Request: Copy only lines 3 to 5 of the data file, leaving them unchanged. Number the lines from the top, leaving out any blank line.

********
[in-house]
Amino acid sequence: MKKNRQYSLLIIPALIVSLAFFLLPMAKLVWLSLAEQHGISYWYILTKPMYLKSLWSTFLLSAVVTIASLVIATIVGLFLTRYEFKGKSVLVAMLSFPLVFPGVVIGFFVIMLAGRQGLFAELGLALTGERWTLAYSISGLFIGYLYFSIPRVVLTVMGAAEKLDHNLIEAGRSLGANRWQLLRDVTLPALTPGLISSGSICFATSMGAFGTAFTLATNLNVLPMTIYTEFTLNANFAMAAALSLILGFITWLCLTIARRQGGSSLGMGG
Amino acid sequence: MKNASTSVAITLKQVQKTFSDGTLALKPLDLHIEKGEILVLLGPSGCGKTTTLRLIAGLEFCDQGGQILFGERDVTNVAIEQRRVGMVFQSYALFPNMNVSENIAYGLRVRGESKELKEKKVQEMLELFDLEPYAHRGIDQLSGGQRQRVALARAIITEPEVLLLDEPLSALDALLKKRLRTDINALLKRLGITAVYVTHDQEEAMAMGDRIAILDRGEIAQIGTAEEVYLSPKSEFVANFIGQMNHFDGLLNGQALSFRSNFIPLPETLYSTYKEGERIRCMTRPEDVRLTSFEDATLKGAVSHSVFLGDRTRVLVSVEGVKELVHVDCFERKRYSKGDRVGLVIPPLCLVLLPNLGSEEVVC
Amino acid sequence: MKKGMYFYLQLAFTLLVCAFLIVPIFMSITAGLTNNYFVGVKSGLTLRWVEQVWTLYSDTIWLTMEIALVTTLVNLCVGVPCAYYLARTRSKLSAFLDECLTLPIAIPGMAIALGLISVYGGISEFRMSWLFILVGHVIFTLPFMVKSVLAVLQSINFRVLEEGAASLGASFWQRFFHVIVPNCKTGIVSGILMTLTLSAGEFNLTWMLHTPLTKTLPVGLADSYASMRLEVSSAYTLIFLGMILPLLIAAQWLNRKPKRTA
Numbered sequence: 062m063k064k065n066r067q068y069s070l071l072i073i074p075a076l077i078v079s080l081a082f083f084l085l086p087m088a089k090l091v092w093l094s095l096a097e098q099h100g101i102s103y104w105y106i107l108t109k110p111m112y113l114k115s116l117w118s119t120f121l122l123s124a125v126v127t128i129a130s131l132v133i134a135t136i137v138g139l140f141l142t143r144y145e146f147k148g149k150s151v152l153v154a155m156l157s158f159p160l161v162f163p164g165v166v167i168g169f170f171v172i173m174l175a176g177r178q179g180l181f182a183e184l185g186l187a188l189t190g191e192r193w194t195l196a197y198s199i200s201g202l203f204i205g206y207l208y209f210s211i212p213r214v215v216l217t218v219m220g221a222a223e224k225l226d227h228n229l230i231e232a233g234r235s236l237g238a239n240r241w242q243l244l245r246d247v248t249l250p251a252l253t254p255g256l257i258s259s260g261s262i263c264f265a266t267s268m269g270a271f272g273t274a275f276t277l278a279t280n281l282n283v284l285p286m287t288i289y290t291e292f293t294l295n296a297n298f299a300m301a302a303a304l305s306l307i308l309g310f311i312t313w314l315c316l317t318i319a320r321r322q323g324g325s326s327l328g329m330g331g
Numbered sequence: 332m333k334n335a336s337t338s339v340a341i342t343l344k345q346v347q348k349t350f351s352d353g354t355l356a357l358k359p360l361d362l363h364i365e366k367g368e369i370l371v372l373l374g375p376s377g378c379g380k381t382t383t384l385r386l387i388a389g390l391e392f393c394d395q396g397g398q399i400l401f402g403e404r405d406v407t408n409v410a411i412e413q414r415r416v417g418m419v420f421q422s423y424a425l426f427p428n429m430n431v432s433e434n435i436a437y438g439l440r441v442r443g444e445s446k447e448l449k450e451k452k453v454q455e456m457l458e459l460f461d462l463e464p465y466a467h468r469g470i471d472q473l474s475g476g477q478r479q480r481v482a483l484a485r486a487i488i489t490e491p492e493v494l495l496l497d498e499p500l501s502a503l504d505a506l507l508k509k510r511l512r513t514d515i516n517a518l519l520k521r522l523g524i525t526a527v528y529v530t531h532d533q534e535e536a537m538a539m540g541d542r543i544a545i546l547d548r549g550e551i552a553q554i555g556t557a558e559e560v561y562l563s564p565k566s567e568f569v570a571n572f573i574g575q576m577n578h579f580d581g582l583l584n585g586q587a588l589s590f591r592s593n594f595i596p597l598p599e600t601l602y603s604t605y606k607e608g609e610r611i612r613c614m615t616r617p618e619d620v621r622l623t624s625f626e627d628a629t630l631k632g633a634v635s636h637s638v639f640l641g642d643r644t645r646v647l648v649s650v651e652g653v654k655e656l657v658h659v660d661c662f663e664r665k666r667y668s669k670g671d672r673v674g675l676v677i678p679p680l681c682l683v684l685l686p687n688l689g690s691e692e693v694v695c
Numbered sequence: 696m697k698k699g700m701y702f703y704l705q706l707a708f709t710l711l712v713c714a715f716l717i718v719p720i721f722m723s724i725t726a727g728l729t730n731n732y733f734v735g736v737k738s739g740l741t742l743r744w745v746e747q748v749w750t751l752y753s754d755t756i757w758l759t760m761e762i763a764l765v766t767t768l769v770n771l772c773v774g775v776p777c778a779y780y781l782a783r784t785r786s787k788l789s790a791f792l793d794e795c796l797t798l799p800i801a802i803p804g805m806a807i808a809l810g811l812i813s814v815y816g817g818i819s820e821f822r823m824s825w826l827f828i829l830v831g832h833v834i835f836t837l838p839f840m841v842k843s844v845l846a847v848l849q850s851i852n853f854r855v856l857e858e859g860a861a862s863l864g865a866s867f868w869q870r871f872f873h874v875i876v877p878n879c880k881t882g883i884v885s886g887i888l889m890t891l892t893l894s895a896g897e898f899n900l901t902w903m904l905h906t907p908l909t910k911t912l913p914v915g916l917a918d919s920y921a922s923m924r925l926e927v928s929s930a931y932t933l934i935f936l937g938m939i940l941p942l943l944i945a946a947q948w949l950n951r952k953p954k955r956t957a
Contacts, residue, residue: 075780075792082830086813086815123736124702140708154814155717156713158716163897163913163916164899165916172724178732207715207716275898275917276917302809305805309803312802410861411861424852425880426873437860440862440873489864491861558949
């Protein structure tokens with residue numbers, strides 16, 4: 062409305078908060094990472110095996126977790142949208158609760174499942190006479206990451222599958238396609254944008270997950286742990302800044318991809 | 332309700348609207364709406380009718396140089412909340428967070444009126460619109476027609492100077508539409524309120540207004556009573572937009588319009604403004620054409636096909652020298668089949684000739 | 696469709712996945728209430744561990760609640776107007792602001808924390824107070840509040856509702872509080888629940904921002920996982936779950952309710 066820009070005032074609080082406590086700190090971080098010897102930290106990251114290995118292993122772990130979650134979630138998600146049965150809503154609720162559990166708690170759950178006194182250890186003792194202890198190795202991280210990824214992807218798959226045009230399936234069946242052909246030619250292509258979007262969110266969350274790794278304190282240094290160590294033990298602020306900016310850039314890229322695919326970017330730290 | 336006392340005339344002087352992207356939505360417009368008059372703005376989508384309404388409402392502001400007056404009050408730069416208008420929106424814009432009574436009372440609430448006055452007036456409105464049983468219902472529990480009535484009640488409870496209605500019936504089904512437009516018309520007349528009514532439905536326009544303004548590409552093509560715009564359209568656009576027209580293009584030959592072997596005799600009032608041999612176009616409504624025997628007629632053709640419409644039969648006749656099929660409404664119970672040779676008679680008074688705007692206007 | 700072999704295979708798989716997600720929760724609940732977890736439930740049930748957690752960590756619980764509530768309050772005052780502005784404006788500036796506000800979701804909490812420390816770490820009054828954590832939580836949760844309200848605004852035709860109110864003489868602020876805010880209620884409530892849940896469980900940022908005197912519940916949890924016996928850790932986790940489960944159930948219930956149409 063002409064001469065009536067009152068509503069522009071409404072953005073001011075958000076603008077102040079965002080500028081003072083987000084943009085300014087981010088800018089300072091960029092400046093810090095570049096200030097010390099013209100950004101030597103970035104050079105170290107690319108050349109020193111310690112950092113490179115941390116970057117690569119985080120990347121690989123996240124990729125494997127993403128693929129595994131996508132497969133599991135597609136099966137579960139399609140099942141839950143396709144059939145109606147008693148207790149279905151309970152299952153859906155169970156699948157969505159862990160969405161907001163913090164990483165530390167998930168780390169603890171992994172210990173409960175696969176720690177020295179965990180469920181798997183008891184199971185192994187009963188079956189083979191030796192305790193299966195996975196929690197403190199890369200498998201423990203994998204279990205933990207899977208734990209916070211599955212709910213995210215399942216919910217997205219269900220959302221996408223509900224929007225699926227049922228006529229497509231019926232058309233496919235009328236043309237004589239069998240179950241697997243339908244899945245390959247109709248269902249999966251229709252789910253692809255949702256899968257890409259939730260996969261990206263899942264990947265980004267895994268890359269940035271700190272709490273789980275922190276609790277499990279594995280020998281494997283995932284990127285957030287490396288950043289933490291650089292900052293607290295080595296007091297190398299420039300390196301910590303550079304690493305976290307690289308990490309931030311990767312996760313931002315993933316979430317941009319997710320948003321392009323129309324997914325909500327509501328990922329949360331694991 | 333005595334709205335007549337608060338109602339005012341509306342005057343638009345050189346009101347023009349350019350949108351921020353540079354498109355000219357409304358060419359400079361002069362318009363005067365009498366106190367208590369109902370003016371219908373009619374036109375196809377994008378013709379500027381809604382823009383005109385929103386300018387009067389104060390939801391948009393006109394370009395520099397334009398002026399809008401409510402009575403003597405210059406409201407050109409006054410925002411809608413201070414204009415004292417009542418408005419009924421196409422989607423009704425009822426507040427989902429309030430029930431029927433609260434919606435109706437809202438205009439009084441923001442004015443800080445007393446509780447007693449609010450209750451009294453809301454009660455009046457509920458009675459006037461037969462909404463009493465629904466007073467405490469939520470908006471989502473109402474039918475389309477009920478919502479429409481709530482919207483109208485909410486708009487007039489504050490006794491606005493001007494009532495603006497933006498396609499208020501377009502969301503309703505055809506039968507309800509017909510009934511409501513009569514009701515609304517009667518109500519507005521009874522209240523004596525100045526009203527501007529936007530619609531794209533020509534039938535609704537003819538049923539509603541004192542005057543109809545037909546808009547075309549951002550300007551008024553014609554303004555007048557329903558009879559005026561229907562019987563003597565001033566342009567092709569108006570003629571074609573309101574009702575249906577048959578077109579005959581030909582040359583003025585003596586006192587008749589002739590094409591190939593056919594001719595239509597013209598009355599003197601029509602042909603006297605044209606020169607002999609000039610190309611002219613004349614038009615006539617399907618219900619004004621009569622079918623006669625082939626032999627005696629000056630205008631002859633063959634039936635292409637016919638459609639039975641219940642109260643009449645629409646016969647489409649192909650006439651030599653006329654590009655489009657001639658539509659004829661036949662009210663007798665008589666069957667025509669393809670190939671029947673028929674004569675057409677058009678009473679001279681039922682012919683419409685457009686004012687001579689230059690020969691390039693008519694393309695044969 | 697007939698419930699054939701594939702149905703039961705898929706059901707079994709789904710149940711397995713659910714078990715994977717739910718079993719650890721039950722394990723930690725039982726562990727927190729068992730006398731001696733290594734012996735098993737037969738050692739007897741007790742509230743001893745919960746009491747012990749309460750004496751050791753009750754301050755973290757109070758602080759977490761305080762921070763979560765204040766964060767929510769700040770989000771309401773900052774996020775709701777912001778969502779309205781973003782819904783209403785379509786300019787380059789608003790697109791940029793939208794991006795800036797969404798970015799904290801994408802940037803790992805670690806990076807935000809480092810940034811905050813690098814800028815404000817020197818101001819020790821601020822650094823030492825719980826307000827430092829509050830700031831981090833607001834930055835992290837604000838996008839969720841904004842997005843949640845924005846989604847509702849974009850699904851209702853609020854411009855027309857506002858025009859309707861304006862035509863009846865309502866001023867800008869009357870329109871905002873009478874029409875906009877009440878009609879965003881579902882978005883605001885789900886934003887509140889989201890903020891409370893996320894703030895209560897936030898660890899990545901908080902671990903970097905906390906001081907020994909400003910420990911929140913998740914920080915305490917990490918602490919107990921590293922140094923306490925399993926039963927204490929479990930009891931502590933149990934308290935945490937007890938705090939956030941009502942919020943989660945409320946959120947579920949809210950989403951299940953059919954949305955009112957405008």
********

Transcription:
Amino acid sequence: MKNASTSVAITLKQVQKTFSDGTLALKPLDLHIEKGEILVLLGPSGCGKTTTLRLIAGLEFCDQGGQILFGERDVTNVAIEQRRVGMVFQSYALFPNMNVSENIAYGLRVRGESKELKEKKVQEMLELFDLEPYAHRGIDQLSGGQRQRVALARAIITEPEVLLLDEPLSALDALLKKRLRTDINALLKRLGITAVYVTHDQEEAMAMGDRIAILDRGEIAQIGTAEEVYLSPKSEFVANFIGQMNHFDGLLNGQALSFRSNFIPLPETLYSTYKEGERIRCMTRPEDVRLTSFEDATLKGAVSHSVFLGDRTRVLVSVEGVKELVHVDCFERKRYSKGDRVGLVIPPLCLVLLPNLGSEEVVC
Amino acid sequence: MKKGMYFYLQLAFTLLVCAFLIVPIFMSITAGLTNNYFVGVKSGLTLRWVEQVWTLYSDTIWLTMEIALVTTLVNLCVGVPCAYYLARTRSKLSAFLDECLTLPIAIPGMAIALGLISVYGGISEFRMSWLFILVGHVIFTLPFMVKSVLAVLQSINFRVLEEGAASLGASFWQRFFHVIVPNCKTGIVSGILMTLTLSAGEFNLTWMLHTPLTKTLPVGLADSYASMRLEVSSAYTLIFLGMILPLLIAAQWLNRKPKRTA
Numbered sequence: 062m063k064k065n066r067q068y069s070l071l072i073i074p075a076l077i078v079s080l081a082f083f084l085l086p087m088a089k090l091v092w093l094s095l096a097e098q099h100g101i102s103y104w105y106i107l108t109k110p111m112y113l114k115s116l117w118s119t120f121l122l123s124a125v126v127t128i129a130s131l132v133i134a135t136i137v138g139l140f141l142t143r144y145e146f147k148g149k150s151v152l153v154a155m156l157s158f159p160l161v162f163p164g165v166v167i168g169f170f171v172i173m174l175a176g177r178q179g180l181f182a183e184l185g186l187a188l189t190g191e192r193w194t195l196a197y198s199i200s201g202l203f204i205g206y207l208y209f210s211i212p213r214v215v216l217t218v219m220g221a222a223e224k225l226d227h228n229l230i231e232a233g234r235s236l237g238a239n240r241w242q243l244l245r246d247v248t249l250p251a252l253t254p255g256l257i258s259s260g261s262i263c264f265a266t267s268m269g270a271f272g273t274a275f276t277l278a279t280n281l282n283v284l285p286m287t288i289y290t291e292f293t294l295n296a297n298f299a300m301a302a303a304l305s306l307i308l309g310f311i312t313w314l315c316l317t318i319a320r321r322q323g324g325s326s327l328g329m330g331g